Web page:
Use this URL to cite or link to this record in EThOS:
Title: A description of the interpersonal impact of an eating disorder on family members : an examination of whether cultural, kinship factors and specific ED behaviours contribute to carer's distress and the maintenance of the illness
Author: Tsiaka, Maria
ISNI:       0000 0004 8505 4808
Awarding Body: King's College London
Current Institution: King's College London (University of London)
Date of Award: 2019
Availability of Full Text:
Access from EThOS:
Access from Institution:
The high risk and the intrusive nature of ED symptoms can elicit emotionally driven reactions such as high expressed emotion (criticism, hostility and over protection) and behaviors (accommodation) from close others (Anastasiadou et al., 2014). These responses form one facet of the set of maintaining behaviours which may affect symptoms and duration of illness according to the cognitive interpersonal model on AN (Schmidt & Treasure, 2006; Treasure & Schmidt, 2013). However, less work has been carried out to examine the impact of bulimia and binge eating disorder on family members (parents, siblings and partners) and how their distress and caregiving style will affect the treatment outcome. The first section of the thesis focuses on parental experiences, examining whether intrafamilial factors that are described by the cognitive interpersonal maintenance model, could be manifested in Greek parents of people with eating disorders (BN, AN, BED) and examines any differences in caregiving behaviours between Greek and English parents of people with Anorexia and Bulimia Nervosa in terms of psychological distress, expressed emotions and accommodating behaviors. The next part of the thesis focuses on exploring the impact of eating disorder on marital and sibling's relationship and comparing caregiving styles between siblings and spouses of adult patients with eating disorders and people with T1 and T2 Diabetes Mellitus. Cross sectional studies were then conducted to examine the caregivers' experiences in terms of psychological distress, expressed emotions and accommodating behaviors. The third part includes one longitudinal study, examining the applicability of the interpersonal maintenance model on patients with bulimia and binge eating disorder. The findings of this thesis provide further evidence of experiences of all types of carers (parents, siblings, spouses) of people with all forms of eating disorder, (Bulimia Nervosa and Binge Eating Disorder and Anorexia Nervosa) and the applicability of the interpersonal maintenance model on caregivers and patients with Bulimia Nervosa and Binge Eating Disorder. Moreover, findings highlight the role of cultural differences in family functioning which may affect carers 'reactions to illness (particularly expressed emotions and accommodation).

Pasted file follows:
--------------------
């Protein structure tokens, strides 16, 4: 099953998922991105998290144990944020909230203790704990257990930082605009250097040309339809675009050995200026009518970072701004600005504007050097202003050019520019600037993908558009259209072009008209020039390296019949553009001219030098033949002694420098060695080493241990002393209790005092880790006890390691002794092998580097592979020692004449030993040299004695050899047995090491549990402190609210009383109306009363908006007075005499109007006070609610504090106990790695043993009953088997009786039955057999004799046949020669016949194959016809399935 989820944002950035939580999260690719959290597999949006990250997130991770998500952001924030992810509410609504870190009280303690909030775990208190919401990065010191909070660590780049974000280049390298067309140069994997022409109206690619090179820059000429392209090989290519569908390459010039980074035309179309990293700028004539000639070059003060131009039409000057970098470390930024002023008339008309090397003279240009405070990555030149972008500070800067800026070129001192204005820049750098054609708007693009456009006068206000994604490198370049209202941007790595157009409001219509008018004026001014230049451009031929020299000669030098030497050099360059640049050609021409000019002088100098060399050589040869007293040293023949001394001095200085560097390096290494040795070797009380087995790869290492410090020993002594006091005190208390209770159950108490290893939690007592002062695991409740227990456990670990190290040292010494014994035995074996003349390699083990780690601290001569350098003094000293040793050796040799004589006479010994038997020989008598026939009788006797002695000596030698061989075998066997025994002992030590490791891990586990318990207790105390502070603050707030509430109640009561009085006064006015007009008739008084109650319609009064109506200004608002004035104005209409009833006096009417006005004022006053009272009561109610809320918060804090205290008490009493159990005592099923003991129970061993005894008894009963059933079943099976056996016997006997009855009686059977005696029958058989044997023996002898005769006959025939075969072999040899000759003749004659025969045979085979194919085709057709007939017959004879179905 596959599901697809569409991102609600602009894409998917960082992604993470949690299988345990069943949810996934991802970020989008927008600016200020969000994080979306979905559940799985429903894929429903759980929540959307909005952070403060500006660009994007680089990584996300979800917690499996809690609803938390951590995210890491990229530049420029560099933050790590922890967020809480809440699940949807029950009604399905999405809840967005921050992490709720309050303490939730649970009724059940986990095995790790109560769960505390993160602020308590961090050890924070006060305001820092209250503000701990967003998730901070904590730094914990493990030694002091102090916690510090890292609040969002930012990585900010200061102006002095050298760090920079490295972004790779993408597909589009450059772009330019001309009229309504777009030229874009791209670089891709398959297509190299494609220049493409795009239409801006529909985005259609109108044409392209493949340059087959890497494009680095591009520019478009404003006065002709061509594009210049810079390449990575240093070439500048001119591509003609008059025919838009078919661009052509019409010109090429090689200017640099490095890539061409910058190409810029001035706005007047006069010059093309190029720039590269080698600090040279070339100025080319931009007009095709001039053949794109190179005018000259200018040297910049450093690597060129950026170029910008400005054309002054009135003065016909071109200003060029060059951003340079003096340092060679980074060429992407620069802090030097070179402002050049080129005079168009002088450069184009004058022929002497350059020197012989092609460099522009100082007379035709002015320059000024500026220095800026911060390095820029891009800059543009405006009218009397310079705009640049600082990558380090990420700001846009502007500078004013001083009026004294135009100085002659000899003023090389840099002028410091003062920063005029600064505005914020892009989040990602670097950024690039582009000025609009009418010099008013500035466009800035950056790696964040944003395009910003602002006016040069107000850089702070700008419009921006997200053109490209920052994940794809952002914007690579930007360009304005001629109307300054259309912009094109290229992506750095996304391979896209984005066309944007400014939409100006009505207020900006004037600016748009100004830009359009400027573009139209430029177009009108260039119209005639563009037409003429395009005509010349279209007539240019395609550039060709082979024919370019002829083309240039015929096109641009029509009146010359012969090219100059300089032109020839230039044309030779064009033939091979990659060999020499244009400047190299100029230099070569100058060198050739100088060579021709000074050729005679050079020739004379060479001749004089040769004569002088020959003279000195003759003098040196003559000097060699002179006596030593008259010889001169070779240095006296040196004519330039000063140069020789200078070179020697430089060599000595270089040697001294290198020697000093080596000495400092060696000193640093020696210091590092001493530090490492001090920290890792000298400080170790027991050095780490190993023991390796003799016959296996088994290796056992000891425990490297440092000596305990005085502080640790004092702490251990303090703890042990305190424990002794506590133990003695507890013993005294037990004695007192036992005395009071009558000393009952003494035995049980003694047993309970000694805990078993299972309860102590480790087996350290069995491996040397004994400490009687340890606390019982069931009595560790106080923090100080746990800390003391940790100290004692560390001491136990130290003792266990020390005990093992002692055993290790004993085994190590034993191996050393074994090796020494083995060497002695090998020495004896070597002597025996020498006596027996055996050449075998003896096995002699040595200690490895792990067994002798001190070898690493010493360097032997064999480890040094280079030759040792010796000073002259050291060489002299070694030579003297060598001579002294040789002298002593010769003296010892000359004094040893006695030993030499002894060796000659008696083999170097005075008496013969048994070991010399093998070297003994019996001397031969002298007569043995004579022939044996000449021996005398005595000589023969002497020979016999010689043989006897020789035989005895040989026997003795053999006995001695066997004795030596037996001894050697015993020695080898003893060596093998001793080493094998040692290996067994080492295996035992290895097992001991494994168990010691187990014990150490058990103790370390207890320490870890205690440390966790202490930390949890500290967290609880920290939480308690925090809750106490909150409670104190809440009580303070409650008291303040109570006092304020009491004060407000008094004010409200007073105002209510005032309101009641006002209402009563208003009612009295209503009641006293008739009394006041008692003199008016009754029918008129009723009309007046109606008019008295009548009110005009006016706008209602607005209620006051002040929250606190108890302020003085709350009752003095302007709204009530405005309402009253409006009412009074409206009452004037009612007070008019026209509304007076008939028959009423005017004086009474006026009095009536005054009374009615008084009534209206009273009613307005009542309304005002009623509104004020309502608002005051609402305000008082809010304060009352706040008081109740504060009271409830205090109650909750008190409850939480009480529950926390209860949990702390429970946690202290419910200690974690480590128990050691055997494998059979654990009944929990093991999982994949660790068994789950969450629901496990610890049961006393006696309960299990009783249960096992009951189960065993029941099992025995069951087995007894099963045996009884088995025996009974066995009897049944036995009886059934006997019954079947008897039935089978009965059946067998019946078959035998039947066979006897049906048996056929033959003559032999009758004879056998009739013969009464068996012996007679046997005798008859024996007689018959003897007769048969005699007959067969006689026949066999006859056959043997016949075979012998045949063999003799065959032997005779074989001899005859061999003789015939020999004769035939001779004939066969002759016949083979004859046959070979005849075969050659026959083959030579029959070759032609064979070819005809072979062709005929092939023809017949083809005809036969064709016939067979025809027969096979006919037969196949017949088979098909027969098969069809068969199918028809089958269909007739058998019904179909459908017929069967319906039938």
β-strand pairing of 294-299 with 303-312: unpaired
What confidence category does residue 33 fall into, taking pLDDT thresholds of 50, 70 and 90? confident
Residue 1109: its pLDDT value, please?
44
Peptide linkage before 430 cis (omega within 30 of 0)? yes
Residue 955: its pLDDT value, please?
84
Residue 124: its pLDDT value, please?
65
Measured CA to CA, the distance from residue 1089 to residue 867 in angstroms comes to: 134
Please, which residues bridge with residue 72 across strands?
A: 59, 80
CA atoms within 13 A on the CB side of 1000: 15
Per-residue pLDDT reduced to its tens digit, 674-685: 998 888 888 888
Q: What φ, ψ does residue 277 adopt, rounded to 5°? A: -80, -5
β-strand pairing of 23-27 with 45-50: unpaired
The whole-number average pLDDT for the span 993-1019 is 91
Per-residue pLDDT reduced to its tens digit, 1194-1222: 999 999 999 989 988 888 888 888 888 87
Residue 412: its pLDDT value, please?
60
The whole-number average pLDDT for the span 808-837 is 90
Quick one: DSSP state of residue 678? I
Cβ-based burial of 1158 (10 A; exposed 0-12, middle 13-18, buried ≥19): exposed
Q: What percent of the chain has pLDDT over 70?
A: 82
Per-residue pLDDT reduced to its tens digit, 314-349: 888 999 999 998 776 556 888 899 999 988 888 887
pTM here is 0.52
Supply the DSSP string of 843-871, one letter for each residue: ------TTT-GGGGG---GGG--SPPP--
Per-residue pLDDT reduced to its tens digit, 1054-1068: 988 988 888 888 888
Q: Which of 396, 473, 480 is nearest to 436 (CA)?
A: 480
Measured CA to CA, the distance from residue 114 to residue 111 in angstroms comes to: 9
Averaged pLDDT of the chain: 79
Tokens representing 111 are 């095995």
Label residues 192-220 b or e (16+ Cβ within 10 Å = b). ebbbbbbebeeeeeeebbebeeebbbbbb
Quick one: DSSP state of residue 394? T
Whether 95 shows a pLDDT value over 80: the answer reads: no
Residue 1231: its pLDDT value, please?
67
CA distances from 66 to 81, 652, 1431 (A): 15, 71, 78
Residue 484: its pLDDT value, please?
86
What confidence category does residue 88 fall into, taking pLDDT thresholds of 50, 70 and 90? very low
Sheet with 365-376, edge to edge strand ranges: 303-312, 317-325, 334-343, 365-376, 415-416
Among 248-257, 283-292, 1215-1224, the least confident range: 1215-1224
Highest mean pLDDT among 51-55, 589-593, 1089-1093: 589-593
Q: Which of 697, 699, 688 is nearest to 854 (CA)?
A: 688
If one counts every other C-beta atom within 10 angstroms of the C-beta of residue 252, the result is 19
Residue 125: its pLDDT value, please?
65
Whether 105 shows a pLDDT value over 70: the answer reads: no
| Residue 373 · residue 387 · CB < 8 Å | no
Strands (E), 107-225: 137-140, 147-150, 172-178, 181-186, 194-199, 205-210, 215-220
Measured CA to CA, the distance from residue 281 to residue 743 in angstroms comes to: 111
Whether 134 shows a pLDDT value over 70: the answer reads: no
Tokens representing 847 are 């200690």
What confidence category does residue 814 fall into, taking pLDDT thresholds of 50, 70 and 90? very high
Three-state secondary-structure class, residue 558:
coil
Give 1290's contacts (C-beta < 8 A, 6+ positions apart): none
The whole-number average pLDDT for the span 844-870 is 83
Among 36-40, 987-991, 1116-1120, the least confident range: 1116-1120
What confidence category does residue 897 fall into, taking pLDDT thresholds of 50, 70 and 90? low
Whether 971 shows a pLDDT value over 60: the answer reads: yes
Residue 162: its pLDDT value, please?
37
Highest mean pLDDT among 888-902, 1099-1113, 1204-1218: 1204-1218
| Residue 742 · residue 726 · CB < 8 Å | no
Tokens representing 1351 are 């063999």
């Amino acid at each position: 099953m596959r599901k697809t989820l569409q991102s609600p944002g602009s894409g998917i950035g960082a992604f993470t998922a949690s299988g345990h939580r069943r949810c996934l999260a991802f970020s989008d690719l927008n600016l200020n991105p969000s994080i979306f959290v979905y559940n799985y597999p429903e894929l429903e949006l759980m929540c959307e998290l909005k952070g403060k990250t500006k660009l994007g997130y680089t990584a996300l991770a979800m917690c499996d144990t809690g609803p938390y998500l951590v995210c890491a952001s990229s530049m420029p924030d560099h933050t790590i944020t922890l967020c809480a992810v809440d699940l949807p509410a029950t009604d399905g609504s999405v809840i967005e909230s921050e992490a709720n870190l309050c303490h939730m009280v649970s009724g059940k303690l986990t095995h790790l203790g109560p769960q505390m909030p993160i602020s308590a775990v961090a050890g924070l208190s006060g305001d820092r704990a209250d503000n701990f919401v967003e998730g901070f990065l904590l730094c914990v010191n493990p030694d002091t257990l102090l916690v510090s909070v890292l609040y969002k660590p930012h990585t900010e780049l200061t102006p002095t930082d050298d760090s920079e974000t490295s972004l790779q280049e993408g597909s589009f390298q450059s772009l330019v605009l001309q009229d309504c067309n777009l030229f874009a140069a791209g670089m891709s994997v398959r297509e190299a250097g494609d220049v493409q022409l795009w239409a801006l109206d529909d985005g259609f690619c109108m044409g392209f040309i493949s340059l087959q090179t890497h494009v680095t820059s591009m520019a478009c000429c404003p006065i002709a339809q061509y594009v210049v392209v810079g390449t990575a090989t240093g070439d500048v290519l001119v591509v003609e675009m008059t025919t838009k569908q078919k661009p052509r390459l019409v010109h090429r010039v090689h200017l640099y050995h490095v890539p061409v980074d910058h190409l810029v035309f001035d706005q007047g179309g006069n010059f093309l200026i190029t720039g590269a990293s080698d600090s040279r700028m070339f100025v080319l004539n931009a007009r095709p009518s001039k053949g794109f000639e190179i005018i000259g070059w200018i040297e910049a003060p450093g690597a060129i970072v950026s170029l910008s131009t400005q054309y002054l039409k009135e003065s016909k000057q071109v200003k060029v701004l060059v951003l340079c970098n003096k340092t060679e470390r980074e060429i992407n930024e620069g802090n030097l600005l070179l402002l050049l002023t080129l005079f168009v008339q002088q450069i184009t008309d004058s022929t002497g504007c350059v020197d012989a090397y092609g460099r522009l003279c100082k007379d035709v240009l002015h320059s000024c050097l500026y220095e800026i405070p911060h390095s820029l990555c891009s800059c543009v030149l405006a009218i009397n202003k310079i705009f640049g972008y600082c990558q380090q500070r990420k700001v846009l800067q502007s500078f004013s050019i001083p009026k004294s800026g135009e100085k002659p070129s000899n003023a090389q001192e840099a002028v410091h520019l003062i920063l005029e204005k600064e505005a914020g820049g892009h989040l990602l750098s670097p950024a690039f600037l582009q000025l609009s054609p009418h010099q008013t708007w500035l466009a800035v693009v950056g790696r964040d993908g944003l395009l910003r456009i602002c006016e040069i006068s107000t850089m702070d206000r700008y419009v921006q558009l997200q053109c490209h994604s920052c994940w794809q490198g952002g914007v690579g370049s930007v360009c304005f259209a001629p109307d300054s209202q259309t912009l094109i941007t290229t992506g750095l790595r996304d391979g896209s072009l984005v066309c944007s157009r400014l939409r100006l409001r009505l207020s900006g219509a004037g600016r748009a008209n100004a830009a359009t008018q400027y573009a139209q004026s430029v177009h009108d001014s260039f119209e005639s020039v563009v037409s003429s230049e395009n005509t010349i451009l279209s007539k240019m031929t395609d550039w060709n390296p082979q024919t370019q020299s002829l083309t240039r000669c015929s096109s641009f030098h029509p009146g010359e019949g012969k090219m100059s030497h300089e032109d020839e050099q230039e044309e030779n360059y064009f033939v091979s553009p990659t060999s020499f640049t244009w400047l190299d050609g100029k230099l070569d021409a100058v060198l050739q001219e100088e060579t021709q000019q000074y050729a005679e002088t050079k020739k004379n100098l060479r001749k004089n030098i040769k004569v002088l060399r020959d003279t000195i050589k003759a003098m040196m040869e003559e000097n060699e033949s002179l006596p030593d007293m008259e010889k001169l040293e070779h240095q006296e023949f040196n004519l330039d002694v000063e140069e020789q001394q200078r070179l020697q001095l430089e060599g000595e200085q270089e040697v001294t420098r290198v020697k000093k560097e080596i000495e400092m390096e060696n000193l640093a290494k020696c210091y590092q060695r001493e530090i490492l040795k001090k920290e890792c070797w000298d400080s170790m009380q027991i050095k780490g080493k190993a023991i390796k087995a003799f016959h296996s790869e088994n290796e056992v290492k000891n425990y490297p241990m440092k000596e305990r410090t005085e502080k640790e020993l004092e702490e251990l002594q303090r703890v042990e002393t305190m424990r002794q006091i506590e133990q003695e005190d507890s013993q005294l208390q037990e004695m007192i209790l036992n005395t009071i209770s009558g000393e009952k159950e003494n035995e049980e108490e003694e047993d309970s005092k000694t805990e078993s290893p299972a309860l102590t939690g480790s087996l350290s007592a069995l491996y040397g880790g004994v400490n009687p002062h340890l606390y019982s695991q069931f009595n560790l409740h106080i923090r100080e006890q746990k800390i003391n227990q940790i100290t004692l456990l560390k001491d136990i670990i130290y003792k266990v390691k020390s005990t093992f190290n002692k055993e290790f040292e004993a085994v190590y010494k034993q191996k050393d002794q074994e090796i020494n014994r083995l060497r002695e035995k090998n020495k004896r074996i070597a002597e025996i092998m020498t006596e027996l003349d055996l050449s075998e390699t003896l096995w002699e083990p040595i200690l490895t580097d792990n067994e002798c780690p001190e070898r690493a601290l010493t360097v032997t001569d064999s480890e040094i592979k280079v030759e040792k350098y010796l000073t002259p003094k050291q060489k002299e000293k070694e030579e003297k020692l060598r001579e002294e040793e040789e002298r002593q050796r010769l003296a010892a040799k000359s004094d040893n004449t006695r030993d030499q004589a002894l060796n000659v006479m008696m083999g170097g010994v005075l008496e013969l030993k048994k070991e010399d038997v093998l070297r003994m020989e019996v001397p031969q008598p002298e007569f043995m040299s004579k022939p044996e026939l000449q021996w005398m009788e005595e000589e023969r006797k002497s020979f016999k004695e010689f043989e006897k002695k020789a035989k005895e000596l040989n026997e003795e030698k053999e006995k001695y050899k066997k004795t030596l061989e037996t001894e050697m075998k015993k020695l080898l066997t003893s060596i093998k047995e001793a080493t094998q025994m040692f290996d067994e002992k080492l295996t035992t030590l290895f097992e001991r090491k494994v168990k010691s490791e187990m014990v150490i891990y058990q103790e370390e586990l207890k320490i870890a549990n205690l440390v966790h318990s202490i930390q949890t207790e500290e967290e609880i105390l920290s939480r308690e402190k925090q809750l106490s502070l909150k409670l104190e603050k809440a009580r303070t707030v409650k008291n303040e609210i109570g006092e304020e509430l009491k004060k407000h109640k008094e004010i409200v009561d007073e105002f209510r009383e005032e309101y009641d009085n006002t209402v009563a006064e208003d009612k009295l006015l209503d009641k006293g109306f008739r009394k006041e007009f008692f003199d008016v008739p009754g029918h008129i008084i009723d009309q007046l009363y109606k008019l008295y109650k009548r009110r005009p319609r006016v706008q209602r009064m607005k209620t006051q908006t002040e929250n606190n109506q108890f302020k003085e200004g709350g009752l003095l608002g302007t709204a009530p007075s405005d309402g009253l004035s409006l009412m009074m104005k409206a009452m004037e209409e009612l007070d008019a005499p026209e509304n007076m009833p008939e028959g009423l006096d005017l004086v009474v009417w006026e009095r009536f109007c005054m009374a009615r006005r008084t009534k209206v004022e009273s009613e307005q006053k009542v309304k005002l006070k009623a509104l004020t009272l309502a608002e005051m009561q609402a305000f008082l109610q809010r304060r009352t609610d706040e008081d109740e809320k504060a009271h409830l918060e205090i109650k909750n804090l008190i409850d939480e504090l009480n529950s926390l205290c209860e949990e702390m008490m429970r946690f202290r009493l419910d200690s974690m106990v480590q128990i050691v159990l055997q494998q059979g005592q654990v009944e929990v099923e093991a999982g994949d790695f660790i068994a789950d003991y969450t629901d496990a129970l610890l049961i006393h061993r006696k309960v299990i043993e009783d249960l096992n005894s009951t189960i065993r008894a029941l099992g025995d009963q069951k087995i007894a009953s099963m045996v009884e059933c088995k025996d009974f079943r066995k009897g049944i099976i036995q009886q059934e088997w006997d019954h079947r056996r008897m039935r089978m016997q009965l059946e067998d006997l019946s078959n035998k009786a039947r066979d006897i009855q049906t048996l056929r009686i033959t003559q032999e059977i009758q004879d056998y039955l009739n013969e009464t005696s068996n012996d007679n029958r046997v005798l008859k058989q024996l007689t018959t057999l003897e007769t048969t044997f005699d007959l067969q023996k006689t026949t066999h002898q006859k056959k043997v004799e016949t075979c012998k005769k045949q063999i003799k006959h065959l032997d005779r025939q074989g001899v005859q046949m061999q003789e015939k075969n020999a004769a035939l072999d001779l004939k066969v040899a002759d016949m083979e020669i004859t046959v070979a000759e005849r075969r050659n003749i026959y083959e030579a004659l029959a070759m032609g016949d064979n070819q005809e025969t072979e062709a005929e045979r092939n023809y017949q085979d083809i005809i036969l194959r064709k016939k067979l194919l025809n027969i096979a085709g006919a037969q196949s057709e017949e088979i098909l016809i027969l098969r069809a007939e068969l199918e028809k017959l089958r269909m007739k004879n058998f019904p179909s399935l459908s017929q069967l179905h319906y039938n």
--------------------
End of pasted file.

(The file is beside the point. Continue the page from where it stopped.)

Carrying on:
Supervisor: Treasure, Janet Linda ; Schmidt, Ulrike Hermine Sponsor: Not available
Qualification Name: Thesis (Ph.D.) Qualification Level: Doctoral
EThOS ID:  DOI: Not available